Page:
Date of Degree


Document Type


Degree Name



Criminal Justice


Ned Benton

Committee Members

Peter Mameli

Richard Schwester

David Westerling

Subject Categories

Public Administration


Inspector General, Attrition, Employment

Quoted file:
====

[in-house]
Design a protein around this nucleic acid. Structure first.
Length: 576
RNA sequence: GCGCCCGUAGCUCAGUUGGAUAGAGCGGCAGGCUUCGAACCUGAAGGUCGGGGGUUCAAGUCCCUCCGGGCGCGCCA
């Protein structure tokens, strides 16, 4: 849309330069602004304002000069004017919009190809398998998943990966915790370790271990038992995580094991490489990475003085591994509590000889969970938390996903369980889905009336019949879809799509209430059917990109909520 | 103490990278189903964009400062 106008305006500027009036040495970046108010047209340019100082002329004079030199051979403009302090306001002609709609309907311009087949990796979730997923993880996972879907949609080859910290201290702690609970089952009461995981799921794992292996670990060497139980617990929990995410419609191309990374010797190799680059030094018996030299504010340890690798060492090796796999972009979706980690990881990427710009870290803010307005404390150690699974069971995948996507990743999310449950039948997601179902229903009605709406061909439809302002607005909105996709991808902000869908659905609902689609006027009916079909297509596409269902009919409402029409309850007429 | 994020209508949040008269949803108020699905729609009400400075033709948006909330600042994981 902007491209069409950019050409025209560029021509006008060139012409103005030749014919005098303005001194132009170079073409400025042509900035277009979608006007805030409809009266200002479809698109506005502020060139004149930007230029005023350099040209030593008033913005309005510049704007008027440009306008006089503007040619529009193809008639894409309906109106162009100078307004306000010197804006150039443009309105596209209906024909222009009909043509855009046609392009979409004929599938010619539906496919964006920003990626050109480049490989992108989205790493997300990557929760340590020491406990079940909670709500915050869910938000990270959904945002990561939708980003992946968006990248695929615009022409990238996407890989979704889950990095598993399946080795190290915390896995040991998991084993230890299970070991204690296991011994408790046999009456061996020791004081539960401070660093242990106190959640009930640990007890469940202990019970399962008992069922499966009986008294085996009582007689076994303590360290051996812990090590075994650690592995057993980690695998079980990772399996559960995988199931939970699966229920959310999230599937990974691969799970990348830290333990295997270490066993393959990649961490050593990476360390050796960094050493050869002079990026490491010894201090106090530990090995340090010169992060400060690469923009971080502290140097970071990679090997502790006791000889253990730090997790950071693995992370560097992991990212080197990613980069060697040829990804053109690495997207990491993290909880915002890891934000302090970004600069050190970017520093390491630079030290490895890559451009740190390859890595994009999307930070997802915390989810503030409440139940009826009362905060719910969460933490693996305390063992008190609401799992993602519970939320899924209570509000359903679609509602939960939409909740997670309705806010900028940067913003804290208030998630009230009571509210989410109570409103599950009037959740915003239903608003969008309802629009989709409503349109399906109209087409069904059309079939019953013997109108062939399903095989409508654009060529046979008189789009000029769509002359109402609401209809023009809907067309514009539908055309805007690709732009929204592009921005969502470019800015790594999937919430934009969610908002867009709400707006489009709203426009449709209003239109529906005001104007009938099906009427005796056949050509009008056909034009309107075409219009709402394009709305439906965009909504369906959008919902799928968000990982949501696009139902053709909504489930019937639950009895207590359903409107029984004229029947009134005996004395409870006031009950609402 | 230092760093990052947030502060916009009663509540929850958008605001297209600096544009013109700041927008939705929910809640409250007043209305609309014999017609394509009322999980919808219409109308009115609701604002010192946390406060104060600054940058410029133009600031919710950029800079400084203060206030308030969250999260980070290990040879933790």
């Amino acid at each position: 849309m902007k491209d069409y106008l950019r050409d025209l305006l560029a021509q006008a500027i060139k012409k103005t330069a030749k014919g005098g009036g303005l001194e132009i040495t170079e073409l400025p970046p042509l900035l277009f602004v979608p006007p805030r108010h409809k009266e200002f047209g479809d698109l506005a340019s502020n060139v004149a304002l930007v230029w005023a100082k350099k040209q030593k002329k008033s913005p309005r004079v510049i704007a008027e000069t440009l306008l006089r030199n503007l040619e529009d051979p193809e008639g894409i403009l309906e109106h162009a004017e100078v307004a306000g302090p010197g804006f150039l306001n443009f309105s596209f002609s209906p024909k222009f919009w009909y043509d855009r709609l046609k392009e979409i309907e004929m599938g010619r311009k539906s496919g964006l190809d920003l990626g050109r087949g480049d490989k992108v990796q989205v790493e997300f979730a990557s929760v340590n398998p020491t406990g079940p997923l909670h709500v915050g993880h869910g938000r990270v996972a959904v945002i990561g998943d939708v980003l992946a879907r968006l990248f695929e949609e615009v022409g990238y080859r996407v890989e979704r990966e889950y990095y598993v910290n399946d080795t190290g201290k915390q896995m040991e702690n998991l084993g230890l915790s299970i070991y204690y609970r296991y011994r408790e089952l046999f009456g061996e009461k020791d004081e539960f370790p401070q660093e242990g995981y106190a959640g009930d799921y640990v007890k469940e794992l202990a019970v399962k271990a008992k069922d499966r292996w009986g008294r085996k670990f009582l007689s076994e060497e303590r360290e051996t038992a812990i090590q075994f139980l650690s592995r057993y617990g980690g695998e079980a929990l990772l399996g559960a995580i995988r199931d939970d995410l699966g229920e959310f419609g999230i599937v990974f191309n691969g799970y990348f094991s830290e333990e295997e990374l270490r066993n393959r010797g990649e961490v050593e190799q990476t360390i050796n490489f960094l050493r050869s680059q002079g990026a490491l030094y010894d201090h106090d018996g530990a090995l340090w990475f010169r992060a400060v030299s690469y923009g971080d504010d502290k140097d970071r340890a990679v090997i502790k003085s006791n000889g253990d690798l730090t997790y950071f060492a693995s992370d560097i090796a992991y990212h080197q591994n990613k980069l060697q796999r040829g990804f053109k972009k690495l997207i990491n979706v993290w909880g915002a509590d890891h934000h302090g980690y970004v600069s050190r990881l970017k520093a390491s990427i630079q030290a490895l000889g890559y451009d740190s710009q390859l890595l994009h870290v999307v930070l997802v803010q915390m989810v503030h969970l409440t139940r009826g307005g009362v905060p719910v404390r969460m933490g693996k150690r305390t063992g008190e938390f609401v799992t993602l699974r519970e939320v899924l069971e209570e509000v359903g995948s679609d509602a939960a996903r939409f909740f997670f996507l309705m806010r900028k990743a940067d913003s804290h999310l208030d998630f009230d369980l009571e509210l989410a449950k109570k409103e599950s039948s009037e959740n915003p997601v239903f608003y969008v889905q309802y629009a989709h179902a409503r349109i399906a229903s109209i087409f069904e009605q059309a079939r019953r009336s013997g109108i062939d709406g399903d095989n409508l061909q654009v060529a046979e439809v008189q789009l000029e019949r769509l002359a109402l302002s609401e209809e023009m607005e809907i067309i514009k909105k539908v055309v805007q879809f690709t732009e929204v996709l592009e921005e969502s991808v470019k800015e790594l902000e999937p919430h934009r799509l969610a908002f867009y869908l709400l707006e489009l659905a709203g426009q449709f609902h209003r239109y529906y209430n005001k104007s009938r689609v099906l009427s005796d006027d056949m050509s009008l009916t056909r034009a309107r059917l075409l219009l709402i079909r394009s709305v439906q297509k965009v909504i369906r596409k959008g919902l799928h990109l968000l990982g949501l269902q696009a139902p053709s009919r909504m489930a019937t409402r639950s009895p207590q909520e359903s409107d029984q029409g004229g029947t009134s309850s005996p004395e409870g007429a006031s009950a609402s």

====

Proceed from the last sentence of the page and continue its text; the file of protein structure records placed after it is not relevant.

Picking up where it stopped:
A recent report by the United States Government Accountability Office (GAO) on inspector general (IG) attrition found growing rates of IG vacancies within federal Offices of Inspectors General (OIGs) (Johnson, 2018). This study identified the growing rates of Acting IGs (AIGs) and their role as interim IGs negatively affect their offices, decreasing productivity, and increasing difficulty in meeting quality inspection and oversight standards. This dissertation identified and analyzed rates of IG employment duration and attrition in federal and state offices of inspectors general (OIG) between 2001 and 2017, starting with a comprehensive review on IG literature and their responsibilities. A discussion of empirical attrition models, theories, and outlier case studies followed the literature review to explain the IG attrition problem in detail. The dissertation’s methodology begins with identifying federal and state IGs separated by their temporary/permanent status, hire/departure dates, and length of service. Chi-Square, Student’s T-test, and Correlation tests examined the statistical relationships between identified causal factors and IG attrition. This dissertation’s methodology also analyzed federal and state OIG statutes to identify their weaknesses, followed by policy recommendations to reduce IG attrition for existing and future OIGs.